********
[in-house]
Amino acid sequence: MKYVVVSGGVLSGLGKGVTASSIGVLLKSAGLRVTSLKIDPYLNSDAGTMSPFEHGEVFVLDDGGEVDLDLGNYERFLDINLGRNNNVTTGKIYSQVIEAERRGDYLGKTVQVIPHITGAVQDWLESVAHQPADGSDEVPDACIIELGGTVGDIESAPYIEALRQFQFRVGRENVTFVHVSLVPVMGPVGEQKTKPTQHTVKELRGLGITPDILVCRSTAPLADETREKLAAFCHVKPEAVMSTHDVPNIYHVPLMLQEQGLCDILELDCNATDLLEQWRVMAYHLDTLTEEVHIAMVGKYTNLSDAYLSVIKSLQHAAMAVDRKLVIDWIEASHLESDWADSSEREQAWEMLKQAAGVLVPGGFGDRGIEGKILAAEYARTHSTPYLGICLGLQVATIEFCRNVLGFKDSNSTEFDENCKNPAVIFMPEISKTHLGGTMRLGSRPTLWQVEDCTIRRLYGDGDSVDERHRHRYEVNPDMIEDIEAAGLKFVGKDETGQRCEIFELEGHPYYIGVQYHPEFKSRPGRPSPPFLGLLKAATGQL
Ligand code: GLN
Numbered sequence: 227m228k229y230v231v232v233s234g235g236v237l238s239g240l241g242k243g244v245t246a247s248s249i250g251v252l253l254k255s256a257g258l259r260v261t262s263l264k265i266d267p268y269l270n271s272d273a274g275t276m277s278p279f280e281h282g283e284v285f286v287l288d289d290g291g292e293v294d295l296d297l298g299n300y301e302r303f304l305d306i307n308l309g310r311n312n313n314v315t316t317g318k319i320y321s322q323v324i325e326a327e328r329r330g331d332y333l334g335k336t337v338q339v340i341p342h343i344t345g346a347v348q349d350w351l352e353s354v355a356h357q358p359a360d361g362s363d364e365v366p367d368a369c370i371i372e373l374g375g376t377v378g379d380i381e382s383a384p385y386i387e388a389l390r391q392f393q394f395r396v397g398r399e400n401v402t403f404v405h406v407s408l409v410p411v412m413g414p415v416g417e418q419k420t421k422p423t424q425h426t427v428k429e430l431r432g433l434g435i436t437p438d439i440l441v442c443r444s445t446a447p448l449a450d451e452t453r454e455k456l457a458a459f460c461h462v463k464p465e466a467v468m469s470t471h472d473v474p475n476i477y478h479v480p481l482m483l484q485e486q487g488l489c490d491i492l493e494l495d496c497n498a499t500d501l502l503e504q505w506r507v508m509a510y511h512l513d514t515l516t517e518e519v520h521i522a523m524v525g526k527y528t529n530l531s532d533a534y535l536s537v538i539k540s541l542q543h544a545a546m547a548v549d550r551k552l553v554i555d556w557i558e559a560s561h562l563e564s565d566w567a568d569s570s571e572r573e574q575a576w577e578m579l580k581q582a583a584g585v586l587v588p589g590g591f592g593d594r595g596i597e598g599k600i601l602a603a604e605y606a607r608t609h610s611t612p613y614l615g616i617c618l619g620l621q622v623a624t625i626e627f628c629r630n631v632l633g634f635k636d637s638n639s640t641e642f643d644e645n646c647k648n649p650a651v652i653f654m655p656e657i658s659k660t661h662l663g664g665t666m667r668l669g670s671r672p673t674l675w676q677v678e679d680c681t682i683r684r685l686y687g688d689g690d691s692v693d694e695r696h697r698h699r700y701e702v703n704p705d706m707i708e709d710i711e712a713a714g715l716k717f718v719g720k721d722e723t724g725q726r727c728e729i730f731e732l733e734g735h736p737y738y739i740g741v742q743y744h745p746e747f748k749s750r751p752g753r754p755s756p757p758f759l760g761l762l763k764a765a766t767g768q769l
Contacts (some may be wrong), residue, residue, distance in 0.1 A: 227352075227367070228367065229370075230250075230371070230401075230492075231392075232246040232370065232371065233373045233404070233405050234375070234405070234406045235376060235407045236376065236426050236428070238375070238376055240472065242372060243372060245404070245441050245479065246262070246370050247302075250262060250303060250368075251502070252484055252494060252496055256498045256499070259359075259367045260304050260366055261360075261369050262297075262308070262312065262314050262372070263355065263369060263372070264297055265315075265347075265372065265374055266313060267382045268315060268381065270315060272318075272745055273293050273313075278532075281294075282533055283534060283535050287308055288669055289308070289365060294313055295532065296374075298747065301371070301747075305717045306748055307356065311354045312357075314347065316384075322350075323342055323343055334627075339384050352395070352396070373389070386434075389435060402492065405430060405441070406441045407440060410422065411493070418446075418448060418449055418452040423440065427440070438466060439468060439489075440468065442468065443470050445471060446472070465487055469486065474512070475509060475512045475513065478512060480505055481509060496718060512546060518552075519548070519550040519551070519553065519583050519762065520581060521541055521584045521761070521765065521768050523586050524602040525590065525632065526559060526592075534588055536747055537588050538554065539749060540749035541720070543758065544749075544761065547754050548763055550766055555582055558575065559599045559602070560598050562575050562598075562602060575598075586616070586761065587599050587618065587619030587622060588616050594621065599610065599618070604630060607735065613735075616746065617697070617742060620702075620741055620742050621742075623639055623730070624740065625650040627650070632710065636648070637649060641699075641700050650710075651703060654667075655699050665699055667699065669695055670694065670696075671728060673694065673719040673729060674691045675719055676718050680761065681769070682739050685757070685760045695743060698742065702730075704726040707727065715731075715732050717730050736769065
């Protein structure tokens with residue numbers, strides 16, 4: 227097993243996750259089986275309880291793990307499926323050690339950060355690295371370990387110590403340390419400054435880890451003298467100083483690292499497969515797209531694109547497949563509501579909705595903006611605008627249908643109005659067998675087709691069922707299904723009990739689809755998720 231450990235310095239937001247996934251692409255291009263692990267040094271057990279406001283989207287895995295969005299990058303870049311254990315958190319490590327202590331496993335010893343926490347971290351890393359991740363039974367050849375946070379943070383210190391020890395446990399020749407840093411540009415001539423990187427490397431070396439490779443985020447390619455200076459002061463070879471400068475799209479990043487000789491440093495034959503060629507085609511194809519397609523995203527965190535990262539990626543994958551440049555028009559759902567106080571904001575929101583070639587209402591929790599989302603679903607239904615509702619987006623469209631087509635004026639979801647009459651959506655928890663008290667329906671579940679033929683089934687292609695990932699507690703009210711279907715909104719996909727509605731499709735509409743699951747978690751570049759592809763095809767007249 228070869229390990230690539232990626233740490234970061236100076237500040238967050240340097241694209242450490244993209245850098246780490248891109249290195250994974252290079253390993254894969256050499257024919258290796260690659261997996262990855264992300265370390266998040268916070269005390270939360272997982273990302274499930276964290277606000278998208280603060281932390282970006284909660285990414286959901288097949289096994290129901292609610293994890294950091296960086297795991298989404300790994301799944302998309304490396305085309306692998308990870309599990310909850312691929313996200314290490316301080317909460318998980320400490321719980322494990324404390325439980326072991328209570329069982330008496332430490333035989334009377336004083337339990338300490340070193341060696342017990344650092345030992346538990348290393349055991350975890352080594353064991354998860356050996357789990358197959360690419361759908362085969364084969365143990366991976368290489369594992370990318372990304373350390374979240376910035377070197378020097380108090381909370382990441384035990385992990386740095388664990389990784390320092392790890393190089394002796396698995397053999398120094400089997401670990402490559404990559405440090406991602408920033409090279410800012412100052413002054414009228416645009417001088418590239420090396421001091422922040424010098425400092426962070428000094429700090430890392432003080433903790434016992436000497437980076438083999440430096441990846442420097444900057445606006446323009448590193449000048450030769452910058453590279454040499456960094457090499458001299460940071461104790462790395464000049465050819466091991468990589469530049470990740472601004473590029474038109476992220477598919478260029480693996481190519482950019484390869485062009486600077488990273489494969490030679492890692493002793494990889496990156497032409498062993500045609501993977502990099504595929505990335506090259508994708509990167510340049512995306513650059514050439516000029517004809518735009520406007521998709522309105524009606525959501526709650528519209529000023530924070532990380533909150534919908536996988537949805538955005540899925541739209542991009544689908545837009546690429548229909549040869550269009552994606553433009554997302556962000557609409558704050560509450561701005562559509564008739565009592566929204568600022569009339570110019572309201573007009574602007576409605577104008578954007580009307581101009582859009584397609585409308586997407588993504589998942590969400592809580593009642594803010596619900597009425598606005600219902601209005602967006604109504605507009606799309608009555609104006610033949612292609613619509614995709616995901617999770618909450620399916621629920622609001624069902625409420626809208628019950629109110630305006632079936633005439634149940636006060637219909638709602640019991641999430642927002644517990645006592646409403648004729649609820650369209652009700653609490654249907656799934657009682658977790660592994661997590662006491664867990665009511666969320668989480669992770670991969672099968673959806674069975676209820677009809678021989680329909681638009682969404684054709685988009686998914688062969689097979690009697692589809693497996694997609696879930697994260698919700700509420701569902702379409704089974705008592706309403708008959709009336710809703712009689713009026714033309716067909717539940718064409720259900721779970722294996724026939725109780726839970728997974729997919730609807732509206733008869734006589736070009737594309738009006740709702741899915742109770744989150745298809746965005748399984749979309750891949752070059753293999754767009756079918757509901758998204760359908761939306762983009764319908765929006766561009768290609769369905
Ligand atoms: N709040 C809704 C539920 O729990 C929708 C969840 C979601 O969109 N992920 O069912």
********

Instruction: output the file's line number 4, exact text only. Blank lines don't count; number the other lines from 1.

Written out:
Numbered sequence: 227m228k229y230v231v232v233s234g235g236v237l238s239g240l241g242k243g244v245t246a247s248s249i250g251v252l253l254k255s256a257g258l259r260v261t262s263l264k265i266d267p268y269l270n271s272d273a274g275t276m277s278p279f280e281h282g283e284v285f286v287l288d289d290g291g292e293v294d295l296d297l298g299n300y301e302r303f304l305d306i307n308l309g310r311n312n313n314v315t316t317g318k319i320y321s322q323v324i325e326a327e328r329r330g331d332y333l334g335k336t337v338q339v340i341p342h343i344t345g346a347v348q349d350w351l352e353s354v355a356h357q358p359a360d361g362s363d364e365v366p367d368a369c370i371i372e373l374g375g376t377v378g379d380i381e382s383a384p385y386i387e388a389l390r391q392f393q394f395r396v397g398r399e400n401v402t403f404v405h406v407s408l409v410p411v412m413g414p415v416g417e418q419k420t421k422p423t424q425h426t427v428k429e430l431r432g433l434g435i436t437p438d439i440l441v442c443r444s445t446a447p448l449a450d451e452t453r454e455k456l457a458a459f460c461h462v463k464p465e466a467v468m469s470t471h472d473v474p475n476i477y478h479v480p481l482m483l484q485e486q487g488l489c490d491i492l493e494l495d496c497n498a499t500d501l502l503e504q505w506r507v508m509a510y511h512l513d514t515l516t517e518e519v520h521i522a523m524v525g526k527y528t529n530l531s532d533a534y535l536s537v538i539k540s541l542q543h544a545a546m547a548v549d550r551k552l553v554i555d556w557i558e559a560s561h562l563e564s565d566w567a568d569s570s571e572r573e574q575a576w577e578m579l580k581q582a583a584g585v586l587v588p589g590g591f592g593d594r595g596i597e598g599k600i601l602a603a604e605y606a607r608t609h610s611t612p613y614l615g616i617c618l619g620l621q622v623a624t625i626e627f628c629r630n631v632l633g634f635k636d637s638n639s640t641e642f643d644e645n646c647k648n649p650a651v652i653f654m655p656e657i658s659k660t661h662l663g664g665t666m667r668l669g670s671r672p673t674l675w676q677v678e679d680c681t682i683r684r685l686y687g688d689g690d691s692v693d694e695r696h697r698h699r700y701e702v703n704p705d706m707i708e709d710i711e712a713a714g715l716k717f718v719g720k721d722e723t724g725q726r727c728e729i730f731e732l733e734g735h736p737y738y739i740g741v742q743y744h745p746e747f748k749s750r751p752g753r754p755s756p757p758f759l760g761l762l763k764a765a766t767g768q769l